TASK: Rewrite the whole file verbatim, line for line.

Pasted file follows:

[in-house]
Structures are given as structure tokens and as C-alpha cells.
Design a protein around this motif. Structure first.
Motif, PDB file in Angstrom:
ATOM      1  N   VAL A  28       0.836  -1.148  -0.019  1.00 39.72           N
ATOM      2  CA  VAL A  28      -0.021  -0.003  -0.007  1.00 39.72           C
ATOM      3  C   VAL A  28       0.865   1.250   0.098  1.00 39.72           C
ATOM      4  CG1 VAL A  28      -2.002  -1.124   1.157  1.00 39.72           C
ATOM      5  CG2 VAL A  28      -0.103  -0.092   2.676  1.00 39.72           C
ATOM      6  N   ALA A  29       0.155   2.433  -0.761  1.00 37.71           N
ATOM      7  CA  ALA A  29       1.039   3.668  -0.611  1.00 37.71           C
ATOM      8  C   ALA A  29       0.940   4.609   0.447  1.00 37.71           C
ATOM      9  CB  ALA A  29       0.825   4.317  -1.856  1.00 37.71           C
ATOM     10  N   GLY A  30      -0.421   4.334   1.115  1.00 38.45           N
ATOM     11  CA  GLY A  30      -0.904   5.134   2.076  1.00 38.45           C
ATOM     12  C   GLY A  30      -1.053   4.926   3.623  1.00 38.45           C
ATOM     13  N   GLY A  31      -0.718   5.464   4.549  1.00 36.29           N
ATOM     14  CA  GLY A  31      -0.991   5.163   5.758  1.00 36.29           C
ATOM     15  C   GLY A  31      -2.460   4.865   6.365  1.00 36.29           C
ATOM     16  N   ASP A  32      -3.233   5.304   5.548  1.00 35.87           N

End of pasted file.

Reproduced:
[in-house]
Structures are given as structure tokens and as C-alpha cells.
Design a protein around this motif. Structure first.
Motif, PDB file in Angstrom:
ATOM      1  N   VAL A  28       0.836  -1.148  -0.019  1.00 39.72           N
ATOM      2  CA  VAL A  28      -0.021  -0.003  -0.007  1.00 39.72           C
ATOM      3  C   VAL A  28       0.865   1.250   0.098  1.00 39.72           C
ATOM      4  CG1 VAL A  28      -2.002  -1.124   1.157  1.00 39.72           C
ATOM      5  CG2 VAL A  28      -0.103  -0.092   2.676  1.00 39.72           C
ATOM      6  N   ALA A  29       0.155   2.433  -0.761  1.00 37.71           N
ATOM      7  CA  ALA A  29       1.039   3.668  -0.611  1.00 37.71           C
ATOM      8  C   ALA A  29       0.940   4.609   0.447  1.00 37.71           C
ATOM      9  CB  ALA A  29       0.825   4.317  -1.856  1.00 37.71           C
ATOM     10  N   GLY A  30      -0.421   4.334   1.115  1.00 38.45           N
ATOM     11  CA  GLY A  30      -0.904   5.134   2.076  1.00 38.45           C
ATOM     12  C   GLY A  30      -1.053   4.926   3.623  1.00 38.45           C
ATOM     13  N   GLY A  31      -0.718   5.464   4.549  1.00 36.29           N
ATOM     14  CA  GLY A  31      -0.991   5.163   5.758  1.00 36.29           C
ATOM     15  C   GLY A  31      -2.460   4.865   6.365  1.00 36.29           C
ATOM     16  N   ASP A  32      -3.233   5.304   5.548  1.00 35.87           N